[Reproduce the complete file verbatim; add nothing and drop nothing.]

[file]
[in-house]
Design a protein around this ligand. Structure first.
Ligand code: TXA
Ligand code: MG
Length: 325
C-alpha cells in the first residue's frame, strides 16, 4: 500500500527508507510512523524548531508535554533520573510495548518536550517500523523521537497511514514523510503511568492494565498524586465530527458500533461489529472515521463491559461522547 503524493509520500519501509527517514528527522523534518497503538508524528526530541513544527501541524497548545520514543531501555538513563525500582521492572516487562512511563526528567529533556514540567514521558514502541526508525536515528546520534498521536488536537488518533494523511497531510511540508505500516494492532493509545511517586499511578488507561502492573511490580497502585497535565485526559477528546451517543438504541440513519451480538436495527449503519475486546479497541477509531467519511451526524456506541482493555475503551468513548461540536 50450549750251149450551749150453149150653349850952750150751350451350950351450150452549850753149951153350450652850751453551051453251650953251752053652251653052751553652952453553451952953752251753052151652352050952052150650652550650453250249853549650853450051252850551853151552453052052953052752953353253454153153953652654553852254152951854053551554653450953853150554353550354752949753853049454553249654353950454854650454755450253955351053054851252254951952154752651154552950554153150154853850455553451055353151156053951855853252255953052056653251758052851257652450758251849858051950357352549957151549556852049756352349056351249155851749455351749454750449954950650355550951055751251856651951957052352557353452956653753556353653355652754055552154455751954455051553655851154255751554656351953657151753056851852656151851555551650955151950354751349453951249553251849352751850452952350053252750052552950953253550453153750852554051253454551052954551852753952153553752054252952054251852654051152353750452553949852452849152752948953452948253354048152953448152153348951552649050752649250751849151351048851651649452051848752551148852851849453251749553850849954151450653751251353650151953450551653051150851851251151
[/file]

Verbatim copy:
[in-house]
Design a protein around this ligand. Structure first.
Ligand code: TXA
Ligand code: MG
Length: 325
C-alpha cells in the first residue's frame, strides 16, 4: 500500500527508507510512523524548531508535554533520573510495548518536550517500523523521537497511514514523510503511568492494565498524586465530527458500533461489529472515521463491559461522547 503524493509520500519501509527517514528527522523534518497503538508524528526530541513544527501541524497548545520514543531501555538513563525500582521492572516487562512511563526528567529533556514540567514521558514502541526508525536515528546520534498521536488536537488518533494523511497531510511540508505500516494492532493509545511517586499511578488507561502492573511490580497502585497535565485526559477528546451517543438504541440513519451480538436495527449503519475486546479497541477509531467519511451526524456506541482493555475503551468513548461540536 50450549750251149450551749150453149150653349850952750150751350451350950351450150452549850753149951153350450652850751453551051453251650953251752053652251653052751553652952453553451952953752251753052151652352050952052150650652550650453250249853549650853450051252850551853151552453052052953052752953353253454153153953652654553852254152951854053551554653450953853150554353550354752949753853049454553249654353950454854650454755450253955351053054851252254951952154752651154552950554153150154853850455553451055353151156053951855853252255953052056653251758052851257652450758251849858051950357352549957151549556852049756352349056351249155851749455351749454750449954950650355550951055751251856651951957052352557353452956653753556353653355652754055552154455751954455051553655851154255751554656351953657151753056851852656151851555551650955151950354751349453951249553251849352751850452952350053252750052552950953253550453153750852554051253454551052954551852753952153553752054252952054251852654051152353750452553949852452849152752948953452948253354048152953448152153348951552649050752649250751849151351048851651649452051848752551148852851849453251749553850849954151450653751251353650151953450551653051150851851251151